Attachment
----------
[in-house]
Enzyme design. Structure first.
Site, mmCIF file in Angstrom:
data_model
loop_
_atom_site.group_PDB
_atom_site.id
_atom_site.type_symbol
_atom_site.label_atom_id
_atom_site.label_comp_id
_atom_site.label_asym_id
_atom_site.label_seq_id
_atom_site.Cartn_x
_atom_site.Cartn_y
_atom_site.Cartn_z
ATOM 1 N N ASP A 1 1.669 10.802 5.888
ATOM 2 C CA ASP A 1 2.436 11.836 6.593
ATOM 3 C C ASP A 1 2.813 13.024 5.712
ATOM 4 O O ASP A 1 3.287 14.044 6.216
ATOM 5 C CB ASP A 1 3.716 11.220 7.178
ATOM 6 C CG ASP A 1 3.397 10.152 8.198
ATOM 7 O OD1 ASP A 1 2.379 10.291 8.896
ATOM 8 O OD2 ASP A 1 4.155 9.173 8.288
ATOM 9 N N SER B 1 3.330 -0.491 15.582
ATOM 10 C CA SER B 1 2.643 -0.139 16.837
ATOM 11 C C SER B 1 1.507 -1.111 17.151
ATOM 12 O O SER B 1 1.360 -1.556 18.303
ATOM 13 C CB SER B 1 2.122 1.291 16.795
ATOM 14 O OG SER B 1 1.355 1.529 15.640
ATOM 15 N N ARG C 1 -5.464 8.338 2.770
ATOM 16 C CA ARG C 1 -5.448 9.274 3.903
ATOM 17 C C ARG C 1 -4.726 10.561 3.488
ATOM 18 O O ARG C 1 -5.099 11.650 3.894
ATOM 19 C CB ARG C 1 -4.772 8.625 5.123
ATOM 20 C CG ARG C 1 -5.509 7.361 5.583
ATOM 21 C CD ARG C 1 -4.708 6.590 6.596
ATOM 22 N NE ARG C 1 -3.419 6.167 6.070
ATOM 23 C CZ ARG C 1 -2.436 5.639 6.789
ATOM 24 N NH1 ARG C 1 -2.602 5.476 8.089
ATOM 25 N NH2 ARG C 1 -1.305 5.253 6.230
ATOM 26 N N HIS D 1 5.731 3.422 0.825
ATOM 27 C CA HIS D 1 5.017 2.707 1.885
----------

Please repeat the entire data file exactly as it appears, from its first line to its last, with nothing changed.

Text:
[in-house]
Enzyme design. Structure first.
Site, mmCIF file in Angstrom:
data_model
loop_
_atom_site.group_PDB
_atom_site.id
_atom_site.type_symbol
_atom_site.label_atom_id
_atom_site.label_comp_id
_atom_site.label_asym_id
_atom_site.label_seq_id
_atom_site.Cartn_x
_atom_site.Cartn_y
_atom_site.Cartn_z
ATOM 1 N N ASP A 1 1.669 10.802 5.888
ATOM 2 C CA ASP A 1 2.436 11.836 6.593
ATOM 3 C C ASP A 1 2.813 13.024 5.712
ATOM 4 O O ASP A 1 3.287 14.044 6.216
ATOM 5 C CB ASP A 1 3.716 11.220 7.178
ATOM 6 C CG ASP A 1 3.397 10.152 8.198
ATOM 7 O OD1 ASP A 1 2.379 10.291 8.896
ATOM 8 O OD2 ASP A 1 4.155 9.173 8.288
ATOM 9 N N SER B 1 3.330 -0.491 15.582
ATOM 10 C CA SER B 1 2.643 -0.139 16.837
ATOM 11 C C SER B 1 1.507 -1.111 17.151
ATOM 12 O O SER B 1 1.360 -1.556 18.303
ATOM 13 C CB SER B 1 2.122 1.291 16.795
ATOM 14 O OG SER B 1 1.355 1.529 15.640
ATOM 15 N N ARG C 1 -5.464 8.338 2.770
ATOM 16 C CA ARG C 1 -5.448 9.274 3.903
ATOM 17 C C ARG C 1 -4.726 10.561 3.488
ATOM 18 O O ARG C 1 -5.099 11.650 3.894
ATOM 19 C CB ARG C 1 -4.772 8.625 5.123
ATOM 20 C CG ARG C 1 -5.509 7.361 5.583
ATOM 21 C CD ARG C 1 -4.708 6.590 6.596
ATOM 22 N NE ARG C 1 -3.419 6.167 6.070
ATOM 23 C CZ ARG C 1 -2.436 5.639 6.789
ATOM 24 N NH1 ARG C 1 -2.602 5.476 8.089
ATOM 25 N NH2 ARG C 1 -1.305 5.253 6.230
ATOM 26 N N HIS D 1 5.731 3.422 0.825
ATOM 27 C CA HIS D 1 5.017 2.707 1.885